GAZA - The head of the Palestinian police said Wednesday that Hamas must disarm to allow a landmark reconciliation deal signed last month with rivals Fatah to succeed.
Hazem Atallah's comments came as cracks began to show in the Palestinian reconciliation deal mediated by Egypt over the issue of security control of the Gaza Strip.
The Palestinian Authority (PA) is due to retake control of the Gaza Strip, currently still run by Islamist movement Hamas, by December 1.
"We are talking about one authority, one law, one gun," Atallah told journalists in Ramallah in the occupied West Bank, echoing a line from Palestinian president Mahmud Abbas.
Asked whether he could allow Hamas's armed wing to maintain their weapons while being in charge of police in Gaza, he said: "No way".
"It is impossible. How can I do security when there are all these rockets and guns and whatever? Is this possible? It doesn't work.
"Otherwise how can I be in charge? Who is going to be standing and saying 'I am the chief of police, I am in charge,' if I am not controlling everything?"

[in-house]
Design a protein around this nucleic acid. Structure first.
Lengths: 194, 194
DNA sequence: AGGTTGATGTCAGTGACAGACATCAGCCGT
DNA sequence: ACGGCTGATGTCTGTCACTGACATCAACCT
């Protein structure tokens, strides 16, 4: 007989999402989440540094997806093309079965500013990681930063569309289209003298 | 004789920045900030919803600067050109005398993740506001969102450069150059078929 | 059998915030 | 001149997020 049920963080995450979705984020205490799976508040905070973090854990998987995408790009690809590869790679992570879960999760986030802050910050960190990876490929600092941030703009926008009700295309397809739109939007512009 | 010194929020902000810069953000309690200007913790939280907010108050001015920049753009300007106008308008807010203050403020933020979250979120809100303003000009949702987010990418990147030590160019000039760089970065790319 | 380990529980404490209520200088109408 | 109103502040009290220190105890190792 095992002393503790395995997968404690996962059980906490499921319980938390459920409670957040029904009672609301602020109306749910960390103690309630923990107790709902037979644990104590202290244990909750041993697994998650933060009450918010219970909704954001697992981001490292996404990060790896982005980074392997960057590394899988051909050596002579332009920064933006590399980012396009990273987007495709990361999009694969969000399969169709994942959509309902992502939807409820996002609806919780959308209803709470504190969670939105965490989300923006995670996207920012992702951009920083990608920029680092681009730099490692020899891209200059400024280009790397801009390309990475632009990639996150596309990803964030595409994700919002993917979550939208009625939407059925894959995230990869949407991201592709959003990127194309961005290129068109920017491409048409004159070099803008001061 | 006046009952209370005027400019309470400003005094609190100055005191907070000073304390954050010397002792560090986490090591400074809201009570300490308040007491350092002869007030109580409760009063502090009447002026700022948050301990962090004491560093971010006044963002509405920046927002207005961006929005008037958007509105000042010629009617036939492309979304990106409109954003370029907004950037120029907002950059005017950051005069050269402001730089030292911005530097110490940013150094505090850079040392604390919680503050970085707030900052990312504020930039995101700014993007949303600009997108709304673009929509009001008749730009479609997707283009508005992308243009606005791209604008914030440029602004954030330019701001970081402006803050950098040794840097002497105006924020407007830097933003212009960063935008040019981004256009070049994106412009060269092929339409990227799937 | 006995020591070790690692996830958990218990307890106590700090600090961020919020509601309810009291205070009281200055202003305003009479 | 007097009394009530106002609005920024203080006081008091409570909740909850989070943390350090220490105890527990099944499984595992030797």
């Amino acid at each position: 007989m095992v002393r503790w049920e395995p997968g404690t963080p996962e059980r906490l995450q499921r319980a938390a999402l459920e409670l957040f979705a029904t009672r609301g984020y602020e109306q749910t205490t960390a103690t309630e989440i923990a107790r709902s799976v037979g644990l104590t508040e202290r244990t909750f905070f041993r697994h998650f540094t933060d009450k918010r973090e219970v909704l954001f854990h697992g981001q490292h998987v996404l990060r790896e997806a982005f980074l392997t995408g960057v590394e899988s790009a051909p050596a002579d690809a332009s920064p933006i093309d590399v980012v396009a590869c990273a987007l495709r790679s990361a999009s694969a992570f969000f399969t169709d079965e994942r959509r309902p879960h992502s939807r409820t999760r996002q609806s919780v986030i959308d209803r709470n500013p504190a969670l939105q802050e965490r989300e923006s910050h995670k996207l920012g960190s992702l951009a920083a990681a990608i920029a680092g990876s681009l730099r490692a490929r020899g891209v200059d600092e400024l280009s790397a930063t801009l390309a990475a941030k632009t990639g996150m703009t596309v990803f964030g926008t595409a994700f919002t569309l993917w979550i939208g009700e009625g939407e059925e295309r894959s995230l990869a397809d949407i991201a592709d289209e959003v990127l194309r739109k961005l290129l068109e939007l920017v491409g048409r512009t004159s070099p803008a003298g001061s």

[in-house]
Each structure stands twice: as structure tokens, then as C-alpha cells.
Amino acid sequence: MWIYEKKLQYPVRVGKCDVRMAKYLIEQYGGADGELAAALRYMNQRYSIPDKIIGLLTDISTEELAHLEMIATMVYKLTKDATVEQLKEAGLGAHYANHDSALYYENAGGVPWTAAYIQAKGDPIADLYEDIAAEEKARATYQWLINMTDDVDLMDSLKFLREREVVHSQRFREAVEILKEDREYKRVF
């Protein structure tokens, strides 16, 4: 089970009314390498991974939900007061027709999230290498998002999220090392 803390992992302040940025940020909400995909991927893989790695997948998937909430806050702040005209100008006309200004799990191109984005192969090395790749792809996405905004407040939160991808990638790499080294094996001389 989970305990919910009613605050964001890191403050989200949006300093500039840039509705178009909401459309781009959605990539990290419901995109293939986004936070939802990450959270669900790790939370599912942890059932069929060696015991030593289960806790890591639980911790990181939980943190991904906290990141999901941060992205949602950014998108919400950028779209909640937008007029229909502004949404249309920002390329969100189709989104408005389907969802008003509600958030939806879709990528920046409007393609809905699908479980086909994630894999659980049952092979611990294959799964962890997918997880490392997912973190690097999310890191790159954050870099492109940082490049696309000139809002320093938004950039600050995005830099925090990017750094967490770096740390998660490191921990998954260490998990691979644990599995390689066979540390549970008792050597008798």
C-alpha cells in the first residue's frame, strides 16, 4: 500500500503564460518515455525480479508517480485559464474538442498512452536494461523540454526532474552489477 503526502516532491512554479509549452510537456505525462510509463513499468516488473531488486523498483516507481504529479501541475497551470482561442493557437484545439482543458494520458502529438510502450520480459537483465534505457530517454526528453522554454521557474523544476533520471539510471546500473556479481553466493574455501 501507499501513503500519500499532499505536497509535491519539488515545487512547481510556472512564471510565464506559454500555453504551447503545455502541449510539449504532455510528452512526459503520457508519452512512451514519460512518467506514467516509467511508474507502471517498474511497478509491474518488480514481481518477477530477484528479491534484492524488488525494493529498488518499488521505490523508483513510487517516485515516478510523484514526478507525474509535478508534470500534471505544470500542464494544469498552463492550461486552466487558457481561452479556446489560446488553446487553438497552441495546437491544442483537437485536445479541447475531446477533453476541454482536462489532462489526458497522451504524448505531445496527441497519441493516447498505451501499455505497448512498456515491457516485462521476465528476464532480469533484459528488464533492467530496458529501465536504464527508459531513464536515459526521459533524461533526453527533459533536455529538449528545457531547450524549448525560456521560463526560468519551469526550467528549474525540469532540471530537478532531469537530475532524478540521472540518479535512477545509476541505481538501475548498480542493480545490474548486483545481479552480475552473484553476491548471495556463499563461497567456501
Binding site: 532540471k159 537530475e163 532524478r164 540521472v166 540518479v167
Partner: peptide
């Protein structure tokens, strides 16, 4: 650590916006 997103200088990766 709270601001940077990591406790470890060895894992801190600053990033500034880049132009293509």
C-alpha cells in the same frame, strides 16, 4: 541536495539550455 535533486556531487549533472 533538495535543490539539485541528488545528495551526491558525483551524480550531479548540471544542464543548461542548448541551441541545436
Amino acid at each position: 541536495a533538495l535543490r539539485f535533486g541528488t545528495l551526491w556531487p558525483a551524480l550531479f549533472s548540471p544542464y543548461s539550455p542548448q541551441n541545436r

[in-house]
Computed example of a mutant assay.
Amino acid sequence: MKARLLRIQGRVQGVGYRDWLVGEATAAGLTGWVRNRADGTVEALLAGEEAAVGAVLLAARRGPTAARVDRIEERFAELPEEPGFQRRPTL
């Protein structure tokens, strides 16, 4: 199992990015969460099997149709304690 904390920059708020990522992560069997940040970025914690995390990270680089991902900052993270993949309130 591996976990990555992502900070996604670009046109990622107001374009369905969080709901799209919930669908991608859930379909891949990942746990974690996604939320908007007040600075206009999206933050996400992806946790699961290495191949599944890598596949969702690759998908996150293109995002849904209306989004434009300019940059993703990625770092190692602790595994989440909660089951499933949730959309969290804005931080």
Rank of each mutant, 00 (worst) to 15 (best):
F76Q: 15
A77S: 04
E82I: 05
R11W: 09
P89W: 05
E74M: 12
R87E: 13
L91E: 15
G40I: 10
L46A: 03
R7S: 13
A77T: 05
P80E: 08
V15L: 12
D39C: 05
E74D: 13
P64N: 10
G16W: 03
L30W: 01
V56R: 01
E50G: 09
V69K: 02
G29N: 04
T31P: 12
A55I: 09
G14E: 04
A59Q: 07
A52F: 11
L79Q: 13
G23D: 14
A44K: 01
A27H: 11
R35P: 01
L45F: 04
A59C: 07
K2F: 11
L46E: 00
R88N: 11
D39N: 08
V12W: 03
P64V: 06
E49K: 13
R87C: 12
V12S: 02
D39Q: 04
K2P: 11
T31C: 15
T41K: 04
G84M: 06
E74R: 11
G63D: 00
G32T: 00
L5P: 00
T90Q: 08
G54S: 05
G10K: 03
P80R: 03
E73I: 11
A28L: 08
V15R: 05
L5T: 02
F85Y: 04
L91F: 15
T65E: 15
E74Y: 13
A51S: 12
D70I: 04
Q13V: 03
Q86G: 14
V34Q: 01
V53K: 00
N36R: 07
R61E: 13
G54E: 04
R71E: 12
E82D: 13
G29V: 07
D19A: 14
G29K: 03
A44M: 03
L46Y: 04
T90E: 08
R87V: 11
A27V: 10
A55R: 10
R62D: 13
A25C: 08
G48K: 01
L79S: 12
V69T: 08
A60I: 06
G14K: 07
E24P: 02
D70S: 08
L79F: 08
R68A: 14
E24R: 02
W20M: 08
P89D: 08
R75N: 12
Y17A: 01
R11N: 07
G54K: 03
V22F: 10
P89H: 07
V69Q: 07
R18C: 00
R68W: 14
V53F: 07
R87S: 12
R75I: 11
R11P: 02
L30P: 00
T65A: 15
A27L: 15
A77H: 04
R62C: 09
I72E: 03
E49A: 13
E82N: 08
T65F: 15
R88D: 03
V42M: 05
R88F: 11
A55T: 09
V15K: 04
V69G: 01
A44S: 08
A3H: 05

He said the 8,000-9,000 Palestinian police who worked in Gaza before Hamas took over in 2007 would return to their posts, rejecting the idea of merging with the existing Hamas-led police.
This, he added, would need major financial support as the police's budget would effectively double.
Hamas seized Gaza in 2007 following a near civil war with Fatah, which currently dominates the PA.
Last month the two political parties signed an Egyptian-brokered reconciliation agreement under which Hamas is meant to hand over control of Gaza by December 1.
The agreement signed in Cairo does not specify the future for Hamas's vast armed wing, the Ezzedine al-Qassam Brigades. Hamas has so far refused to disarm.
On November 1, Hamas handed over control of border crossings in a first key test.
But in a sign of tension, Palestinian prime minister Rami Hamdallah said Tuesday the PA still did not have full control of the crossings, with Hamas dominating the police and security inside Gaza.
Hamas rejected that, with a statement saying it had fully transferred power.
Hamas, which is considered a terrorist organisation by the United States and the European Union, has fought three wars with Israel since 2008.
Israel has maintained a crippling blockade on Gaza for a decade, while Egypt has also kept its border largely closed in recent years.
Multiple previous reconciliation attempts have failed.